This is a sixth part of a series:

Parts 3, 4, and 5 covered the BackgroundJob class responsible for enqueuing single jobs (fire and forget). This post will cover RecurringJob class exposing API for recurring jobs (as the name suggests).

Recurring job

Before we go into the API, let’s take a look what is a recurring job in Hangfire. Recurring job is a timer that enqueues a job at specific time intervals defined with a cron expression. What is important is, that it does not execute the job. Only enqueues an ordinary Hangfire job. This implementation is very elegant, but it also means that if the queue is full the job will have to wait for its turn. So there is no guarantee about the time it will actually execute.

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This is a fifth part of a series:

Part 3 covered almost all functions in BackgroundJob class except for ContinueWith functions family. So here we go :)

The fact that it has the same name as a System.Threading.Tasks.Task function is not without a coincidence, or at least I hope so. This method allows chaining jobs where one will be enqueued when the previous finishes. To repeat - the job won’t be executed, but enqueued. So it will go at the end of the queue. So lets look at the function and overrides signature:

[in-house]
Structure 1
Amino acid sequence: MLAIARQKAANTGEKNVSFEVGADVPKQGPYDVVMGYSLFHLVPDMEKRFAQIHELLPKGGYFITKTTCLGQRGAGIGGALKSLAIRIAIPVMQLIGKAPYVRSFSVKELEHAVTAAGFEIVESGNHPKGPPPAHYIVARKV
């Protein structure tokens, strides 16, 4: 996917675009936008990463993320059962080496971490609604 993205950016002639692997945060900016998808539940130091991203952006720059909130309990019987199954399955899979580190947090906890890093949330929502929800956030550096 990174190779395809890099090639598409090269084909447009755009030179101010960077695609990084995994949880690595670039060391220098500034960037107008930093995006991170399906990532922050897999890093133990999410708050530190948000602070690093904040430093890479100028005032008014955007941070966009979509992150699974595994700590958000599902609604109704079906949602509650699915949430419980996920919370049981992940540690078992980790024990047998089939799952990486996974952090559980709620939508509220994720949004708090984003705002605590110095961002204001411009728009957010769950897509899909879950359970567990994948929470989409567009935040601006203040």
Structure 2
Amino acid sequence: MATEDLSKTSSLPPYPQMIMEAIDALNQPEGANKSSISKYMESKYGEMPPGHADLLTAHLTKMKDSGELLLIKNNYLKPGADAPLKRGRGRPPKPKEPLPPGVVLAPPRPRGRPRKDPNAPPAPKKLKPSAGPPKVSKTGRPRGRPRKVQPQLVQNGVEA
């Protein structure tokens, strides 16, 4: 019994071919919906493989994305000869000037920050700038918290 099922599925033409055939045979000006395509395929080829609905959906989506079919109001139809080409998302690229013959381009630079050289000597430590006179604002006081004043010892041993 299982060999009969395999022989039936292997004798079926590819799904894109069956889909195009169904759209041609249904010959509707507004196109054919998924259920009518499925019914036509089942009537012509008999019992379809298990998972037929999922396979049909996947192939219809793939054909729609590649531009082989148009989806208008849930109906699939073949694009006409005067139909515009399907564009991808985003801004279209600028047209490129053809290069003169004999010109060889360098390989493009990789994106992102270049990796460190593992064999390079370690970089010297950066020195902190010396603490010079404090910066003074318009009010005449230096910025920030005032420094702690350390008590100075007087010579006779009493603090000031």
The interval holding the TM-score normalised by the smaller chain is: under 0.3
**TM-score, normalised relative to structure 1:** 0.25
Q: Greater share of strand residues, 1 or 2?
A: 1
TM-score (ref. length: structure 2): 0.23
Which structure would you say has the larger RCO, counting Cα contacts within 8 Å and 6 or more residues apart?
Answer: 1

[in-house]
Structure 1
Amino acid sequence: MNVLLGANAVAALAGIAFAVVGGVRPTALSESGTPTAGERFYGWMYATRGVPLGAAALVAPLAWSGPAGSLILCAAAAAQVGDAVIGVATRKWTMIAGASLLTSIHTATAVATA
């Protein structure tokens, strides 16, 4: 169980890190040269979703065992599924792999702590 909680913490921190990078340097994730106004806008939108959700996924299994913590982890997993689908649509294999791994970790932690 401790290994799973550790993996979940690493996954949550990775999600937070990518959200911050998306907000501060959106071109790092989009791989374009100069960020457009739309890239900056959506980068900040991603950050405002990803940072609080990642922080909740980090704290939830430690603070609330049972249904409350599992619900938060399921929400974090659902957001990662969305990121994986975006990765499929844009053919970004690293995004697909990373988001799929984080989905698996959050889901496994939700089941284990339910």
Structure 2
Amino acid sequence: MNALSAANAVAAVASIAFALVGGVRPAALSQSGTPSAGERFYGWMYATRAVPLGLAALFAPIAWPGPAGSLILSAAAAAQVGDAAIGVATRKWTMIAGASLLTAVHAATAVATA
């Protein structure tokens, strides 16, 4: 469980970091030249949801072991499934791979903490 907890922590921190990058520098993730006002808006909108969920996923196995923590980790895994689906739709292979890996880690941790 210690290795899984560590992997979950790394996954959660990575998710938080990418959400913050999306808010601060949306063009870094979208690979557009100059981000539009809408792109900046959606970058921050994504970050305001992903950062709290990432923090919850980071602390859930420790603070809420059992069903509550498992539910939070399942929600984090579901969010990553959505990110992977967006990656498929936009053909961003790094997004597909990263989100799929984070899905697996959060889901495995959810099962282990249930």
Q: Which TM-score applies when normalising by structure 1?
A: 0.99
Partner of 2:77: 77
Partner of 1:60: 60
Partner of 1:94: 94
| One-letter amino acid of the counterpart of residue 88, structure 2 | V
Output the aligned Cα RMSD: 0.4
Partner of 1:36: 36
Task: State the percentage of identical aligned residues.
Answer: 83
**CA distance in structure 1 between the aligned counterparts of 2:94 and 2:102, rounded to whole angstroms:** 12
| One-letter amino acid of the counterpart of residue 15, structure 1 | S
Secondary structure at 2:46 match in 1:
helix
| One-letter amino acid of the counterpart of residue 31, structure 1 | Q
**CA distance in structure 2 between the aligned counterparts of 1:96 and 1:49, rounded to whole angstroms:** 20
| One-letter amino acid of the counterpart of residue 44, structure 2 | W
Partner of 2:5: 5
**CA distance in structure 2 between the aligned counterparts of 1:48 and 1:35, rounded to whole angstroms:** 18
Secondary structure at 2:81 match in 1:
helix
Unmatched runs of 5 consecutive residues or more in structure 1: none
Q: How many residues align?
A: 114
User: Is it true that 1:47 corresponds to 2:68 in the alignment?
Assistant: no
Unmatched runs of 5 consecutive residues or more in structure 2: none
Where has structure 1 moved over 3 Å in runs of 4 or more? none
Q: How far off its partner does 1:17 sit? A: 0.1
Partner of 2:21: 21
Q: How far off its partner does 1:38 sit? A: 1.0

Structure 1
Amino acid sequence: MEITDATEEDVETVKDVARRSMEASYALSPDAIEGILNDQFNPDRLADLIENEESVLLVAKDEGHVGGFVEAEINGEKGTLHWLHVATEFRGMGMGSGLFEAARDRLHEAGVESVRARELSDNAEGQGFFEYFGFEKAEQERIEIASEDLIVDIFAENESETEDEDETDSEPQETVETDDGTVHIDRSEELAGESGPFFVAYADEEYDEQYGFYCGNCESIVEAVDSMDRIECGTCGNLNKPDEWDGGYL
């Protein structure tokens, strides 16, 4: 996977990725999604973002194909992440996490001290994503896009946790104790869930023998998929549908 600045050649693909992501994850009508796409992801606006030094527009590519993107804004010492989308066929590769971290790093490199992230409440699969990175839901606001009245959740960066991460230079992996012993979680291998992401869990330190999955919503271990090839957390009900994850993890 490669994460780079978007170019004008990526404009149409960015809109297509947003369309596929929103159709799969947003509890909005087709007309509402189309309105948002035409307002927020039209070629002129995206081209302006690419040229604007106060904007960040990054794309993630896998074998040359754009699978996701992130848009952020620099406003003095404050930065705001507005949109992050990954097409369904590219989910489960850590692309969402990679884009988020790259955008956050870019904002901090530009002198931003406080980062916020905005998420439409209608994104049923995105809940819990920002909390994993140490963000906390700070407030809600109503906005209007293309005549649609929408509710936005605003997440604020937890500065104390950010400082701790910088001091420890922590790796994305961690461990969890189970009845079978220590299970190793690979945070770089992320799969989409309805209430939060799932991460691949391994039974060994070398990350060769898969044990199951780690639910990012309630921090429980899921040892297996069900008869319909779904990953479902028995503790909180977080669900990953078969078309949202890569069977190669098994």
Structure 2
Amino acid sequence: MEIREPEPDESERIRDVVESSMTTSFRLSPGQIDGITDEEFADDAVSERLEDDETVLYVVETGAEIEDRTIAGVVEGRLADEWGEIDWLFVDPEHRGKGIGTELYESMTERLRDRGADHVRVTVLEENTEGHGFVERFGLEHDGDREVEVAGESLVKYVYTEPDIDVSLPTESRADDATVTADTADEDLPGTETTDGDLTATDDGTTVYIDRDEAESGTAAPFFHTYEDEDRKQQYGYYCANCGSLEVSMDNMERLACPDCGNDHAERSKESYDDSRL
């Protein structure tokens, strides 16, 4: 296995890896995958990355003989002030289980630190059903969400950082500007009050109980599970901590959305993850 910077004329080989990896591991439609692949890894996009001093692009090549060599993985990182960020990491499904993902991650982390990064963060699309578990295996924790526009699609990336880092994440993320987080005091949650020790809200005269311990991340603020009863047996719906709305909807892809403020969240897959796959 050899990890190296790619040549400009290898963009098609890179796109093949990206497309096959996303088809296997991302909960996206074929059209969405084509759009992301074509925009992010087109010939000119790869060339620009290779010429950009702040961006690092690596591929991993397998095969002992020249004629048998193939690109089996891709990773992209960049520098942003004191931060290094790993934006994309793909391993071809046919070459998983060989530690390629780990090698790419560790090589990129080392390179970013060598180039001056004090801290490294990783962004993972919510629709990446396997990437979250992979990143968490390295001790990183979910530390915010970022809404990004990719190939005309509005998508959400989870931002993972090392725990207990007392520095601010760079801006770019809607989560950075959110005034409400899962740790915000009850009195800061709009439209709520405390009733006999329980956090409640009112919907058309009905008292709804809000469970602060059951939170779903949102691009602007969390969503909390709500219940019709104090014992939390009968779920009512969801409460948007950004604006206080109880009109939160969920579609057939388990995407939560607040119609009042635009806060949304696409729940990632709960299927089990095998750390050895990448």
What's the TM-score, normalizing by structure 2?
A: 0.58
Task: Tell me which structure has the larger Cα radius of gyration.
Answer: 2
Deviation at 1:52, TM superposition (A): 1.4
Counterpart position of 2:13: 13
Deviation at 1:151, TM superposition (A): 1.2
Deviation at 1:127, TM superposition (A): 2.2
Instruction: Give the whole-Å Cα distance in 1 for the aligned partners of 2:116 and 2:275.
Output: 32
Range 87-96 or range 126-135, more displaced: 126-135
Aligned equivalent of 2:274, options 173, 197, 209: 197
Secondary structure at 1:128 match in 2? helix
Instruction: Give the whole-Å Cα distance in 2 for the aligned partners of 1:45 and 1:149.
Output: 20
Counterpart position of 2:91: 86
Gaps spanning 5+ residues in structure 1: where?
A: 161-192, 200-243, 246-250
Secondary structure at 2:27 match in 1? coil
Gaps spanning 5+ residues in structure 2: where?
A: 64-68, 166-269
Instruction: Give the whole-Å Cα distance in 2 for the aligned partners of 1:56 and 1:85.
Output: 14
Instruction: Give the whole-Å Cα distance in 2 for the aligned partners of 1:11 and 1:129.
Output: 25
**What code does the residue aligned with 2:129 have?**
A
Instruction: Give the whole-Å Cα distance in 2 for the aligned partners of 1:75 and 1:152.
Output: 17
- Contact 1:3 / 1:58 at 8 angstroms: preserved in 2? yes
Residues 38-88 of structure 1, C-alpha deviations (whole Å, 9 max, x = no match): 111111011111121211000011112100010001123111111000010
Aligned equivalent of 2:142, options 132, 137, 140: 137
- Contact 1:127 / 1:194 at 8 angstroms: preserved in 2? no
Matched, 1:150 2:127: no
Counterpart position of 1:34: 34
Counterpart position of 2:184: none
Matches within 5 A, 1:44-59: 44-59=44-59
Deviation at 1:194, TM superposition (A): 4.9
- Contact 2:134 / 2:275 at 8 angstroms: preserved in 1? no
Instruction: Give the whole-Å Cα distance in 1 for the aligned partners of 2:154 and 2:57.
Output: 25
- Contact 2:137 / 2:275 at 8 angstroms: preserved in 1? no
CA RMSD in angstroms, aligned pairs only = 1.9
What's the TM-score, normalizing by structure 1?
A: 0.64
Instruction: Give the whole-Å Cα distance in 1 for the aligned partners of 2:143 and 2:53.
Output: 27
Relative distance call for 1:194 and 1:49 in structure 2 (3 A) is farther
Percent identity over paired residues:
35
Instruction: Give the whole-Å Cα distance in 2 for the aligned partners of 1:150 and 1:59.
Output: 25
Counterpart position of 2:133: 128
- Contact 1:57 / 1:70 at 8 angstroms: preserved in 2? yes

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This is the fourth part of a series discussing job scheduling and Hangfire details:

This part will cover few small topics:

  • dashboard
  • retries
  • more technical part of the Hangfire.BackgroundJob class API
  • job cancellation
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This is the third part of a series discussing job scheduling and Hangfire details:

This part will focus on the basic scheduling API of Hangfire. The easiest way to create a fire and forget job is by using the classHangfire.BackgroundJob and its minimalistic (and this is a complement) API of static functions:

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This is the second part of a series discussing job scheduling and Hangfire details:

In the previous post I’ve written about why I think the ability to schedule tasks for later execution is a fundamental technical feature, but also a must have from business’ point of view. We are passed the whys, so let’s get to the hows. The answer is simple - Hangfire. I’ve written about it here, here and here, so yeah, you guessed it, I like it. Hangfire is an amazing library. It has shown it’s value in my pet project ( and in a huge ERP system that we are building at work, where we replaced Quartz.NET with it and never looked back.

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